College students are exercising their voting rights in greater numbers than before, especially black women, who are the most active voters on campuses across the country,
A new report released by the Institute for Democracy & Higher Education (IDHE) at Tufts University’s Tisch College of Civic Life found student voting at double rate in 2018 midterm elections than the last midterm.
Titled “Democracy Counts 2018”, the report found 39.1 percent of college students exercising their voting rights which is 20 percentage points higher than 2014’s average turnout rate of 19.7 percent.
Researchers analyzed the voting patterns of more than 10 million college students on more than 1,000 campuses in all 50 states and the District of Columbia, who participated in the National Study of Learning, Voting, and Engagement conducted by IDHE.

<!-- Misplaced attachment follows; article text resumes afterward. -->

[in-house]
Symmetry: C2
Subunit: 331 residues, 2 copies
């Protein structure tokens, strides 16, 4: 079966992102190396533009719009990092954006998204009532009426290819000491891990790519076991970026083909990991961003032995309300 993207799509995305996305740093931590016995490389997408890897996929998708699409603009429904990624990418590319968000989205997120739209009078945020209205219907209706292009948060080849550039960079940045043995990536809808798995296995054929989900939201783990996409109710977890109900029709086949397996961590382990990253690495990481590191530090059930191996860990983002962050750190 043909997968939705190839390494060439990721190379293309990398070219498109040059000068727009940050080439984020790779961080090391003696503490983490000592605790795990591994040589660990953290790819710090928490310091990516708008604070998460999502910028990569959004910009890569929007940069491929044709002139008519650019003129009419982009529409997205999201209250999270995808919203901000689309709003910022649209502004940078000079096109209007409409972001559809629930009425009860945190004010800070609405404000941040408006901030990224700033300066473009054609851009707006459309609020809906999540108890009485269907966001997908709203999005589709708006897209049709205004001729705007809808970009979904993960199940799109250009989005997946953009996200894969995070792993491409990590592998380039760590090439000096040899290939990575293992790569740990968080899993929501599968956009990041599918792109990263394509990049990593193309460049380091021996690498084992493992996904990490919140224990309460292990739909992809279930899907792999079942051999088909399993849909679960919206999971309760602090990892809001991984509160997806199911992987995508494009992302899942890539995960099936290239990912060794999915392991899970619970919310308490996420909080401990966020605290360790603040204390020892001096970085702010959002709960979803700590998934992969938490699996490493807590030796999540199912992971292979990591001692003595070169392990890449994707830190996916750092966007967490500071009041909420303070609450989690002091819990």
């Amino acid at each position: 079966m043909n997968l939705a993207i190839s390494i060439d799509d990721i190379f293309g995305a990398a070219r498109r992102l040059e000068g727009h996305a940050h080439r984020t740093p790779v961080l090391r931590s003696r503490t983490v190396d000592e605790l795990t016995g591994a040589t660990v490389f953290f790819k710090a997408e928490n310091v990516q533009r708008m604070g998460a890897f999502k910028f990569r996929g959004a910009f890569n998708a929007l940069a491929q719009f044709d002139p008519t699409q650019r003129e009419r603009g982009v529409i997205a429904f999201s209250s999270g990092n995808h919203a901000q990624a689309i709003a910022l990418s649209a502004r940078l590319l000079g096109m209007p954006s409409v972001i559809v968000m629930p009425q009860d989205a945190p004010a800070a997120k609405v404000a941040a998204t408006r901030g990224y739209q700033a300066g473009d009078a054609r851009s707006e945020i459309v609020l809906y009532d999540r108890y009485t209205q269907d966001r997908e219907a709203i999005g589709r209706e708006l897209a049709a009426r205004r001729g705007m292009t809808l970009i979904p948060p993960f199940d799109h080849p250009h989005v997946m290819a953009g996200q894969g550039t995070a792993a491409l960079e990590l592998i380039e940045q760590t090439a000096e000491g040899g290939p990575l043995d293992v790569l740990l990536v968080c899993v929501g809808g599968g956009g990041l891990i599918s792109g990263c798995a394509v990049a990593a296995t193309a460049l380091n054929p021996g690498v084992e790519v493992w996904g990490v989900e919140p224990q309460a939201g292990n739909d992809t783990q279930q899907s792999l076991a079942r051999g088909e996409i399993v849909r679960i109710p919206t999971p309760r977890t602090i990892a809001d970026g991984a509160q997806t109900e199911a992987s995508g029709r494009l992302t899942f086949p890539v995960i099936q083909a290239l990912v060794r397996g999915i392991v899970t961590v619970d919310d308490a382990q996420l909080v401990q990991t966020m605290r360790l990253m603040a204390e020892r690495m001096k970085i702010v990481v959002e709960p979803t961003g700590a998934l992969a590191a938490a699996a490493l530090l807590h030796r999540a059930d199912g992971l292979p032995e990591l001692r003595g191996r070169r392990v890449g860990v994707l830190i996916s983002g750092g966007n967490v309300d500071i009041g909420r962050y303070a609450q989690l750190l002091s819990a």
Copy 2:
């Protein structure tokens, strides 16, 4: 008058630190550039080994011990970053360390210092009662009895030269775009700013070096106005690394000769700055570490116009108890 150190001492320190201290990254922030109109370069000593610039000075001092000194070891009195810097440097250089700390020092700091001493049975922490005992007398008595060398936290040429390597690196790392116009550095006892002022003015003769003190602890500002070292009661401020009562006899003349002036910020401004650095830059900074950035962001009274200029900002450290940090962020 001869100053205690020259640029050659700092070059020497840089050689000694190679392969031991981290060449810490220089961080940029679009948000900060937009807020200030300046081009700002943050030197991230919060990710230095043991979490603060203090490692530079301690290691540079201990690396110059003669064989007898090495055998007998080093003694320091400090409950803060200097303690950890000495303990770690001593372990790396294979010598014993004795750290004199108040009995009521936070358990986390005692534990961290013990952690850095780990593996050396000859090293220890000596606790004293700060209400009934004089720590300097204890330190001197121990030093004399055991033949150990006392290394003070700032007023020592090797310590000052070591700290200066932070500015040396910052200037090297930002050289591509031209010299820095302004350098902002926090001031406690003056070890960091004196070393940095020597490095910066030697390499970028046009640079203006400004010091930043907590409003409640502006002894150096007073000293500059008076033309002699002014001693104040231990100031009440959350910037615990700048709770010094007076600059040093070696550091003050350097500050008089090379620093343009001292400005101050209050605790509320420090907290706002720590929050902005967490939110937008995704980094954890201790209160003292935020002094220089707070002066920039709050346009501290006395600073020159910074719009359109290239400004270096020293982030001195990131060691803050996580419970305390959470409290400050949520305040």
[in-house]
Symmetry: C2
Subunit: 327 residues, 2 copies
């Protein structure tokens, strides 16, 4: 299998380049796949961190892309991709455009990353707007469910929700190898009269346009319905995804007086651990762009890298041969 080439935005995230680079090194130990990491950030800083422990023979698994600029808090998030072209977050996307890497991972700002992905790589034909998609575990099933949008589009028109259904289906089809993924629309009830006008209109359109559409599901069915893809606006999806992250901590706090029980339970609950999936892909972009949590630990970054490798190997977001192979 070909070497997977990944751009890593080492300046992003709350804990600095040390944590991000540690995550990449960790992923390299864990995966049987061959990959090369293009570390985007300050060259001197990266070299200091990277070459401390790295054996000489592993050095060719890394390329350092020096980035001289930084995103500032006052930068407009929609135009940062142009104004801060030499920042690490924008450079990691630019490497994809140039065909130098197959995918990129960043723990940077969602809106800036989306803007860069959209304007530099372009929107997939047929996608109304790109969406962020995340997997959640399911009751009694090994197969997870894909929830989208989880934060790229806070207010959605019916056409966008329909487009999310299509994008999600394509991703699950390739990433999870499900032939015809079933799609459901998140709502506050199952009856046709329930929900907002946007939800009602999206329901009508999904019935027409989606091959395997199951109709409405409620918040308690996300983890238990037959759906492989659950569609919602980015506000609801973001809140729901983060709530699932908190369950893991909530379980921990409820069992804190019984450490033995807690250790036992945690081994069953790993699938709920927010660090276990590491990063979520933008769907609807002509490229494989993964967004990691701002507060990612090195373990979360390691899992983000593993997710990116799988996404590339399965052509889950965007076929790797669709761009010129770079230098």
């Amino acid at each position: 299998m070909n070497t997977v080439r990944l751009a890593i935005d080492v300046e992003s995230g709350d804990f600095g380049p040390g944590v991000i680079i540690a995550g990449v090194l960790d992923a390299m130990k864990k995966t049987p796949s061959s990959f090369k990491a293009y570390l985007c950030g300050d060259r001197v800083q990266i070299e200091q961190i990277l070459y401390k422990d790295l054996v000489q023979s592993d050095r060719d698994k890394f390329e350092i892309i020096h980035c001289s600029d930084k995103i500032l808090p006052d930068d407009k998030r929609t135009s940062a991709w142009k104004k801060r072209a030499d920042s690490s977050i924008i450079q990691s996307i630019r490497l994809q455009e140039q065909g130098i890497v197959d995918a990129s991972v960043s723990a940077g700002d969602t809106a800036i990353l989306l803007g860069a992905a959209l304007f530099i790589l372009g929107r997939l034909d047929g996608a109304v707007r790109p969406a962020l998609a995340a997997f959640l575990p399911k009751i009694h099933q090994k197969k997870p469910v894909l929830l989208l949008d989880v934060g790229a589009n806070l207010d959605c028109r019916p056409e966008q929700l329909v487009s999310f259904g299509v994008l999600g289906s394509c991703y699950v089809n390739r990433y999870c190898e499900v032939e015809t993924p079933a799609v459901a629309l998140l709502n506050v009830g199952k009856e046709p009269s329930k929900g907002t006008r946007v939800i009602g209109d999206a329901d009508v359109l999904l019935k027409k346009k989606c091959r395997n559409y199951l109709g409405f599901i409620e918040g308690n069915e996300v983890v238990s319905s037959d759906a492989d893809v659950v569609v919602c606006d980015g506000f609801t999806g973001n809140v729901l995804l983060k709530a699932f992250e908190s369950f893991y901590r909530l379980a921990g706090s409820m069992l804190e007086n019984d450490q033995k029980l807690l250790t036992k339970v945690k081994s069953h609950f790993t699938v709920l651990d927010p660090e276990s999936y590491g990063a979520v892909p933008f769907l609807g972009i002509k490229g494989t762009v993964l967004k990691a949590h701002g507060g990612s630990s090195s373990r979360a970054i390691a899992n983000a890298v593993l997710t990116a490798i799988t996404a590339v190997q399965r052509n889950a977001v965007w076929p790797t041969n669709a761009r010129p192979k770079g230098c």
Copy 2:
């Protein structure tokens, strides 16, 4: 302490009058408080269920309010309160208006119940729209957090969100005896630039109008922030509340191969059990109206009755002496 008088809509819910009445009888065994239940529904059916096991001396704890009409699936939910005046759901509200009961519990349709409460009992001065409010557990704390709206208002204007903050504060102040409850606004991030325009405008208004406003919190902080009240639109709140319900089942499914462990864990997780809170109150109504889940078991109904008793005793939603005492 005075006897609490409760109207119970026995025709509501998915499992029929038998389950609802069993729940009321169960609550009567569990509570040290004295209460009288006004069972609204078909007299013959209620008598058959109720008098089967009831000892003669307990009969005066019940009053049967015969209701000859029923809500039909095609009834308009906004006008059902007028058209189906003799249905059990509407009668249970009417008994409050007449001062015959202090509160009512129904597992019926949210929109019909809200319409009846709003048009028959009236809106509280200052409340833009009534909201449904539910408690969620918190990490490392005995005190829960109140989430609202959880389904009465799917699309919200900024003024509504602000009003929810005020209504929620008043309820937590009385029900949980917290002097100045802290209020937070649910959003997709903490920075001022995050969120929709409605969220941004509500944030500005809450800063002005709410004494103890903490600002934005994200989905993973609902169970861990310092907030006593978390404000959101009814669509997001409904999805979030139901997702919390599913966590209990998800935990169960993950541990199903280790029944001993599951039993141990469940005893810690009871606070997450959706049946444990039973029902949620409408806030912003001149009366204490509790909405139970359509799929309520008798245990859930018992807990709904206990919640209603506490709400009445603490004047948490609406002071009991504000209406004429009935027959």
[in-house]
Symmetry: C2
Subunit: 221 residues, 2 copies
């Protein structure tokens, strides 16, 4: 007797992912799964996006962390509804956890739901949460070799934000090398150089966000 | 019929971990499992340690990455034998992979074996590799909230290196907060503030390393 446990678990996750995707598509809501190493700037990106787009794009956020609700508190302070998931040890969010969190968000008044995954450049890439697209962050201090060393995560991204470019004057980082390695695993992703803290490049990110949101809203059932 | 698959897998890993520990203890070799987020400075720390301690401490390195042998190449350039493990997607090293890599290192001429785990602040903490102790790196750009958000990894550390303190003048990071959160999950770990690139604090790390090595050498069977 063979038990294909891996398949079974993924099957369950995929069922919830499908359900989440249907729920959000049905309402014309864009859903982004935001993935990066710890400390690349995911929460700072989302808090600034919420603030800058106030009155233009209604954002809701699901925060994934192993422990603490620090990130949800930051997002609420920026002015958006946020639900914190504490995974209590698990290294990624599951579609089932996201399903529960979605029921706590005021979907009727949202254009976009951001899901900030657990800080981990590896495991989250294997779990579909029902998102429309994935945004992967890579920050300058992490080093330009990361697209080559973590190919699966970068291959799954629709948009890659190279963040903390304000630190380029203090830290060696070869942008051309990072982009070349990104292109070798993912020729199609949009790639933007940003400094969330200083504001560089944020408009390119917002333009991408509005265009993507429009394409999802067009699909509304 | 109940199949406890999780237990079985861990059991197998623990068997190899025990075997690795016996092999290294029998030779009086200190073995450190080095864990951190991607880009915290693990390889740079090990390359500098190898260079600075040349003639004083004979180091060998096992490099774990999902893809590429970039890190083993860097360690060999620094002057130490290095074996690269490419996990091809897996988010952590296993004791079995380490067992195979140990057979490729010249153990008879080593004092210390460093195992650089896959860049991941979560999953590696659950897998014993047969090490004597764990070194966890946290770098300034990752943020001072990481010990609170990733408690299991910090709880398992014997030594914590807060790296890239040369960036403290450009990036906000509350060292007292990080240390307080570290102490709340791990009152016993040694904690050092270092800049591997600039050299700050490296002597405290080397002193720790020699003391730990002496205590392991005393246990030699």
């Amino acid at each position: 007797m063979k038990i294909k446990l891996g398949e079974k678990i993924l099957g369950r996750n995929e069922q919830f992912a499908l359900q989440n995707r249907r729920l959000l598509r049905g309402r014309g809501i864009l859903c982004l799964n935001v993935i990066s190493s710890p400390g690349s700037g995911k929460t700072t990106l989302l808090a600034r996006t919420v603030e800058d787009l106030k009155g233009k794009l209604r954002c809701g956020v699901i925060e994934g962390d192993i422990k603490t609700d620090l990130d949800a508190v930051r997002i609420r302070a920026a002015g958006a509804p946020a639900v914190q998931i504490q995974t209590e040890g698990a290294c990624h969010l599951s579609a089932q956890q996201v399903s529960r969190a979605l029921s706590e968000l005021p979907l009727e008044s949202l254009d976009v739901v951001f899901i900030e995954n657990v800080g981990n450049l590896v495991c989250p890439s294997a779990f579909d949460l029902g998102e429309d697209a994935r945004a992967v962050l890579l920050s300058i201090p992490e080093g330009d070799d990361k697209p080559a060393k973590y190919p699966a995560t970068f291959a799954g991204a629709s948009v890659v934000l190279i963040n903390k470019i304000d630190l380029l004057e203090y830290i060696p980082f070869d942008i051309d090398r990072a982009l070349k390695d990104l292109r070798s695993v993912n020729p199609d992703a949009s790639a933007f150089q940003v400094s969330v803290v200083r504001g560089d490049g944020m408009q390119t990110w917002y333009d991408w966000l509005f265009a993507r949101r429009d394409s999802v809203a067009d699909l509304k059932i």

As compared to male students, women were found on the upper side when it comes to voting in the elections, with black women being most active across the racial/ethnic groups. Hispanic women also saw their voting share increased from 14 percent in 2014 to 36.5 percent in 2018.
“It marks a watershed election year for student voter turnout, including promising progress in narrowing some persistent turnout gaps,” said Nancy Thomas, director of the Institute for Democracy & Higher Education at Tufts University’s Tisch College.
“College students today are more diverse than ever, and while they are not a monolithic group, they represent a formidable voting bloc of nearly 20 million.”
Among different institutional types, women’s colleges ranked top with highest voting rates while the voting trends between students attending various two-year, four-year, public or private institutions was found consistent. Students from humanities, social sciences, and education disciplines voted actively than their counterparts in business and STEM fields.
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